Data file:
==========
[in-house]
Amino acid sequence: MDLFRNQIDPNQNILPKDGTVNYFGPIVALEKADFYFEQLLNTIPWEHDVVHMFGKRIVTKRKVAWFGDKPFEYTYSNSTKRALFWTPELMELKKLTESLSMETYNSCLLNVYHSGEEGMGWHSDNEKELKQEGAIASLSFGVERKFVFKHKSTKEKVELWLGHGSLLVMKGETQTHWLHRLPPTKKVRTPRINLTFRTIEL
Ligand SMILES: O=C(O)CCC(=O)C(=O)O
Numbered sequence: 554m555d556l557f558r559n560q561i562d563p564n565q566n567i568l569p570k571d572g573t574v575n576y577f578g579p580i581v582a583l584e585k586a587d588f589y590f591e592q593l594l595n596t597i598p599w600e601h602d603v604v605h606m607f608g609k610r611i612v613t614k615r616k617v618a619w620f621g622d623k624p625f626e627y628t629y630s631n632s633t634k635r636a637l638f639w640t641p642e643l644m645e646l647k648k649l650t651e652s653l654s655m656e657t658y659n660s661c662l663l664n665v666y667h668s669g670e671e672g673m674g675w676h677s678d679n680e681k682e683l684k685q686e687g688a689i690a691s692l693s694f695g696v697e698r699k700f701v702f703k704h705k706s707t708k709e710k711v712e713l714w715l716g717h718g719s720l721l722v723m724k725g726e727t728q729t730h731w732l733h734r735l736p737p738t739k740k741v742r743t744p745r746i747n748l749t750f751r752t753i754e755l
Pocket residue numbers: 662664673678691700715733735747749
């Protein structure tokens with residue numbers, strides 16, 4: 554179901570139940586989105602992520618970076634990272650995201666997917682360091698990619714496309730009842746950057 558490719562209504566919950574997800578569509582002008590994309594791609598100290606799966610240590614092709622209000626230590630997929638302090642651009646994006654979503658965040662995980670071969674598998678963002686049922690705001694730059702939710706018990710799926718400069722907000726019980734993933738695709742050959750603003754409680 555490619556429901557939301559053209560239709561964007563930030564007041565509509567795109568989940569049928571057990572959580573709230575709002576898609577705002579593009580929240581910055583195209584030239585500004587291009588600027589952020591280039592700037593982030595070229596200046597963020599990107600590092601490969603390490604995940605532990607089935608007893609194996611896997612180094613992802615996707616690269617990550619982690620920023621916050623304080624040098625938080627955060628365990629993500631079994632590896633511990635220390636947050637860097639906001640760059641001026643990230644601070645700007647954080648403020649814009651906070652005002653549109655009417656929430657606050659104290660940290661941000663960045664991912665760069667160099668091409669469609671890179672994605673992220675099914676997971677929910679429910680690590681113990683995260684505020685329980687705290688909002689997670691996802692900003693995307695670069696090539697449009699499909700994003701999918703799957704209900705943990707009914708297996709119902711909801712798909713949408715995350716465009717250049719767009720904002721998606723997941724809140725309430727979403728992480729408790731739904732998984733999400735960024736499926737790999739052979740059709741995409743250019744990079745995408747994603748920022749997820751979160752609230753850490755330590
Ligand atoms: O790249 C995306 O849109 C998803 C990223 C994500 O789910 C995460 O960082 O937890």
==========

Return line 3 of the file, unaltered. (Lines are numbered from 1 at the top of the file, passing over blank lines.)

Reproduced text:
Ligand SMILES: O=C(O)CCC(=O)C(=O)O